But what if a peaceful nation is nonetheless plunged into inflation-inducing war? Surely then it should clamp on wageprice and other production-allocating controls. No, says this adamant champion of the unhampered market economy; if interventionism is foolish in peacetime, it is doubly foolish in wartime when the nation's very survival is at stake. All the government has to do is to raise all the funds needed for the conduct of the war by taxing the citizens and by borrowing exclusively from them—not from the central or commercial banks. Because the money supply would not then be swollen and everybody would have to cut back his consumption drastically, inflation would not be a great problem. Public consumption, through a greatly augmented inflow of tax revenues and borrowed funds, would advance while private consumption would fall. The upshot would be the absence of inflation.
By the same token, Mises has no stomach for the idea that a nation could simply deficit-spend its way to prosperity, as advocated by many of Keynes' followers. He holds such economic thinking is fallaciously based on governmental “contracyclical policy.” This policy calls for budget surpluses in good times and budget deficits in bad times so as to maintain “effective demand” and hence “full employment.”
But Mises regards the “G” in Keynes' “full employment” formula of Y = C + I + G (National Income = Consumption Spending + Investment Spending + Government Spending) as about the most unstable, politics-ridden and unscientific balancing wheel that the economic managers could employ. For one thing, the formula ignores the political propensity to spend, good times or bad. And for another, it ignores marketsensitive cost-price relationships and especially the proclivity of trade unions and minimum wages to price labor out of markets—i. e., into unemployment.
Thus he holds Keynesian theory in practice proceeds through fits of fiscal and monetary expansion and leads to inflation, controls, and ultimately stagnation. Further, “G” so used, generally means the secular swelling of the public sector and shrinking of the private sector—a trend that spells trouble for human liberty. In a way, he anticipated and rebutted the Keynesian thesis a quarter-century ahead of Keynes in his 1912 work, The Theory of Money and Credit, in which Mises contended that uneconomic wages and forced-draft credit expansion and not capitalism per se carried the seeds of boom and bust.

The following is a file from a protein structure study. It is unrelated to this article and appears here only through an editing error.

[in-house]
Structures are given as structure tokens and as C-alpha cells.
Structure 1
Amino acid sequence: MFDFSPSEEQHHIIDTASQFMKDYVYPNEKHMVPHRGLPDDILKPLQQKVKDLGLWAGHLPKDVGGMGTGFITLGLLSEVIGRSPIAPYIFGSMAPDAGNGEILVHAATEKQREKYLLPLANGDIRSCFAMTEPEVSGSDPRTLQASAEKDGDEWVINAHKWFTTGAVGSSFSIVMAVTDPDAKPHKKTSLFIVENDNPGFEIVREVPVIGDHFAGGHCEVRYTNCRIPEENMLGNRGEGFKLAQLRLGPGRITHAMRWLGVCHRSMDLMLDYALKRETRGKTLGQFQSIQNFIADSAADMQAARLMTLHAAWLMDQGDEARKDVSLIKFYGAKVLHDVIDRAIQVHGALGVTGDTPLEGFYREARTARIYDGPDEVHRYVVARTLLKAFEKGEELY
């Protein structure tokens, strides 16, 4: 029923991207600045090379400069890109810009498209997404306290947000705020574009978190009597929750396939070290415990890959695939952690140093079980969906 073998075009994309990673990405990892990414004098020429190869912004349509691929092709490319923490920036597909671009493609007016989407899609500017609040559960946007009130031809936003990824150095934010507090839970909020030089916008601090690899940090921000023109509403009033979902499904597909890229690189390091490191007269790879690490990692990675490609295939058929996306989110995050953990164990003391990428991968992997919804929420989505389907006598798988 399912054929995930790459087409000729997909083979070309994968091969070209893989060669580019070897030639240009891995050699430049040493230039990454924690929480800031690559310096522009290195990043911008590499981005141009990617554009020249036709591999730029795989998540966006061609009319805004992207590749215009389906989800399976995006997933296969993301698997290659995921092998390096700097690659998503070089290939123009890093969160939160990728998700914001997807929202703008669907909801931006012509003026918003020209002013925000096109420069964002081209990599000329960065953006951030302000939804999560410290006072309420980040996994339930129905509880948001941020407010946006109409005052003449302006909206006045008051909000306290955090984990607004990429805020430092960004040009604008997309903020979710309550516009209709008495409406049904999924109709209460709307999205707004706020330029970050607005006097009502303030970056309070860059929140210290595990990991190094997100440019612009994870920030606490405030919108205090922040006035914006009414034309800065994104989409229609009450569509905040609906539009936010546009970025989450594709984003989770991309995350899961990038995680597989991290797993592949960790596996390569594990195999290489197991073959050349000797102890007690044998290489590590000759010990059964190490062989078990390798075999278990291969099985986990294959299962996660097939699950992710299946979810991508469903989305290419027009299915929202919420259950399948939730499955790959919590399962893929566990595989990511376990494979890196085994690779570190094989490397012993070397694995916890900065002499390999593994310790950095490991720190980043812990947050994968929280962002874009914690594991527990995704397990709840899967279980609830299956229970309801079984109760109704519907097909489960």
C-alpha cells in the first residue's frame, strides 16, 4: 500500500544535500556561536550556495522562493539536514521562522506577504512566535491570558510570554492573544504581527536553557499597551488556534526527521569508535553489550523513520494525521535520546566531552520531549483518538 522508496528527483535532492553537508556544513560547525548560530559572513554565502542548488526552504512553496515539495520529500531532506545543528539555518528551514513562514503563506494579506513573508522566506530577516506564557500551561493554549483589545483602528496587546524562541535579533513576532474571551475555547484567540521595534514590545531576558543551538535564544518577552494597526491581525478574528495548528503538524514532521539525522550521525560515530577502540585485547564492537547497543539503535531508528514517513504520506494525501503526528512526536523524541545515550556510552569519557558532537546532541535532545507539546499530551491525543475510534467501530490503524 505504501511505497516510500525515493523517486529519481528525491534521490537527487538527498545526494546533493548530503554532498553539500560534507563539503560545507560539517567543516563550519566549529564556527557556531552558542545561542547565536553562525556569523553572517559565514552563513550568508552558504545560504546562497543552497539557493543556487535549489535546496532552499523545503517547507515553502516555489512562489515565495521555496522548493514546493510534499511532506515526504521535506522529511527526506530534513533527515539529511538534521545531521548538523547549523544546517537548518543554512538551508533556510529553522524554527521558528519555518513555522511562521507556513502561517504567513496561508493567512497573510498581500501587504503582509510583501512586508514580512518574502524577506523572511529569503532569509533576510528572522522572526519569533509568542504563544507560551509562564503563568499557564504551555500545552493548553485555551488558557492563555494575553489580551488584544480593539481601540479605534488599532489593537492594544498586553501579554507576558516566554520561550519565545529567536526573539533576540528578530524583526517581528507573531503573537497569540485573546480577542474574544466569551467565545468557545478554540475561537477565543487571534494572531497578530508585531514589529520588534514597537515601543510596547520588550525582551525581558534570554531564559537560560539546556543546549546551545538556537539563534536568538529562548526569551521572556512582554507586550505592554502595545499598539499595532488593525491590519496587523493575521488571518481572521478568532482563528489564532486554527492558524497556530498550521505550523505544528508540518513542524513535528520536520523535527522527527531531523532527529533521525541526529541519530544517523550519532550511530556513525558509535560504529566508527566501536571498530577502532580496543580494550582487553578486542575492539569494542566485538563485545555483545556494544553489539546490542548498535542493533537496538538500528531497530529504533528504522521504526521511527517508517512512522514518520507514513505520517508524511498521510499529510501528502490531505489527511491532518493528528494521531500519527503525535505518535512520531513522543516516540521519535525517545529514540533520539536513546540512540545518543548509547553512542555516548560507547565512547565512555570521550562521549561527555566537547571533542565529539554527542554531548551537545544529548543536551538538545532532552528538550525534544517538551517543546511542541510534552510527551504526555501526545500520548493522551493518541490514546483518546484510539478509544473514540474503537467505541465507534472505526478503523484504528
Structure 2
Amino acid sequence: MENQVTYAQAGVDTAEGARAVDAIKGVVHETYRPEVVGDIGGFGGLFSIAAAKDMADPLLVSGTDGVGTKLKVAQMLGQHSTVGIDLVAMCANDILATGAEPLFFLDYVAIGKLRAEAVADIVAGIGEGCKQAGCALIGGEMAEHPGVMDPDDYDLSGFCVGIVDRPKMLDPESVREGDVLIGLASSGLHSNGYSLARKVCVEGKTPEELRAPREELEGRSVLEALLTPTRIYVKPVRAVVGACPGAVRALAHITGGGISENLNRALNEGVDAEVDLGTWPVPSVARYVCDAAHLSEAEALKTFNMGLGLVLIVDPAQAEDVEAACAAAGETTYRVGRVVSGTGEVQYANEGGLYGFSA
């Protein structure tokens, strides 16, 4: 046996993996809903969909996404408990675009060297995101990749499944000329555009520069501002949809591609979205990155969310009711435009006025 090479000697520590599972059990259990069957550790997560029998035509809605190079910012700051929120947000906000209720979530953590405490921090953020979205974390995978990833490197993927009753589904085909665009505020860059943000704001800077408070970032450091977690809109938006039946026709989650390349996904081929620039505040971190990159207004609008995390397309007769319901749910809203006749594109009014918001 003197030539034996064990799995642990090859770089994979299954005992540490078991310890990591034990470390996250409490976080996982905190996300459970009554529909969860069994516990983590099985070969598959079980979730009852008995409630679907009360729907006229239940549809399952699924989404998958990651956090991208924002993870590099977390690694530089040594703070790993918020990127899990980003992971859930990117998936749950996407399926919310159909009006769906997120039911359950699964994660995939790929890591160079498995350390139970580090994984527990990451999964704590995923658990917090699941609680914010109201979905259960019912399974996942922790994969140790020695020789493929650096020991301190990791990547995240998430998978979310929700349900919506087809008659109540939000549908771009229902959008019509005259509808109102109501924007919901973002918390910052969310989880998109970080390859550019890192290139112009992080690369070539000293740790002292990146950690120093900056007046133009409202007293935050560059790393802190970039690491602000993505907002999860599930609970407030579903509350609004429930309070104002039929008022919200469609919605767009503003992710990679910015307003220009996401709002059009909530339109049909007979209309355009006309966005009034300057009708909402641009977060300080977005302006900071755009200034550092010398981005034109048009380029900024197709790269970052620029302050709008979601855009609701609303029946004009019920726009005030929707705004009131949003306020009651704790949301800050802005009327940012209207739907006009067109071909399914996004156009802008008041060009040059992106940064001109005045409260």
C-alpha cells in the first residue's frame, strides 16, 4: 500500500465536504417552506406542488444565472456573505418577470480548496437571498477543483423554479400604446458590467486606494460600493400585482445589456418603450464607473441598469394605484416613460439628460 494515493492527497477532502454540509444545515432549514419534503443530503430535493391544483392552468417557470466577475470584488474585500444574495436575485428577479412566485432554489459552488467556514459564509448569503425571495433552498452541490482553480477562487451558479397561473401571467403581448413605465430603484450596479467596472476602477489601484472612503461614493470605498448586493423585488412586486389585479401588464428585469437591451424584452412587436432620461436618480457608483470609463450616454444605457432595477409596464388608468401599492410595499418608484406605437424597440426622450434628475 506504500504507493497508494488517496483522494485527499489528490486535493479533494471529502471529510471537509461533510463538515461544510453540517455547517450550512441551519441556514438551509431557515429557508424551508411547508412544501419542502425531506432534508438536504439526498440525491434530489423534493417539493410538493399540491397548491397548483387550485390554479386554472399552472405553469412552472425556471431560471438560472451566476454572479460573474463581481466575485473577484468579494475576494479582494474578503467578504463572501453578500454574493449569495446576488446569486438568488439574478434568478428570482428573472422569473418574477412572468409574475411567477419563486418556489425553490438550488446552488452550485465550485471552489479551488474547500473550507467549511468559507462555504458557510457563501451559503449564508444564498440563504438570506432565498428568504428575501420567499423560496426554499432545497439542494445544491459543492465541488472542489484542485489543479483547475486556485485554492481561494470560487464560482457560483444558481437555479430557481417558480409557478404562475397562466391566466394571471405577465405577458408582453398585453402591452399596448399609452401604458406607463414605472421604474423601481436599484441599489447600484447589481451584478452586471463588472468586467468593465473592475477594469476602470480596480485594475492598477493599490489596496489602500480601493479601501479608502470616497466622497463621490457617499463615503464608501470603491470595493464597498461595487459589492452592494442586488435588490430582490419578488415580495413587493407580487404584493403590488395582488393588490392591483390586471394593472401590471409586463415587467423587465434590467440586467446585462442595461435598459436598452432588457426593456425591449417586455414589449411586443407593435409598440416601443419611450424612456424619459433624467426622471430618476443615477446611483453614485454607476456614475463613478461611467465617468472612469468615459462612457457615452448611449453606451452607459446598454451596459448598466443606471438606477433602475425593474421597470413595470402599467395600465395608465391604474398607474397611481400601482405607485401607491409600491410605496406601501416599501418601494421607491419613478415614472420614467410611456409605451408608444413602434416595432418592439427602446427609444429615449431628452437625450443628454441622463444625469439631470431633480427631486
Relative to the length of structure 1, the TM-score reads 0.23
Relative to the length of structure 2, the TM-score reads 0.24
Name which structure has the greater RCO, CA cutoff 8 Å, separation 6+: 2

To be sure, many economists and businessmen have long felt that Mises is entirely too adamant, too unyielding. If that is a fault, he is certainly guilty. But Ludwig von Mises, the antithesis of sycophancy and expediency, the intellectual descendant of the Renaissance, believes in anything but moving with what he regards as the errors of the times. He has long sought the eternal verities. He believes in the dignity of the individual, in the sovereignty of the consumer, in the limitation of the state. He opposes the planned society, whatever its manifestation. He holds that a free society and a free market are inseparable. He glories in the potential of reason and man. In sum, he stands for principle in the finest tradition of Western Civilization. And from that rock of principle, during a long and fruitful life, this titan of our time has never budged.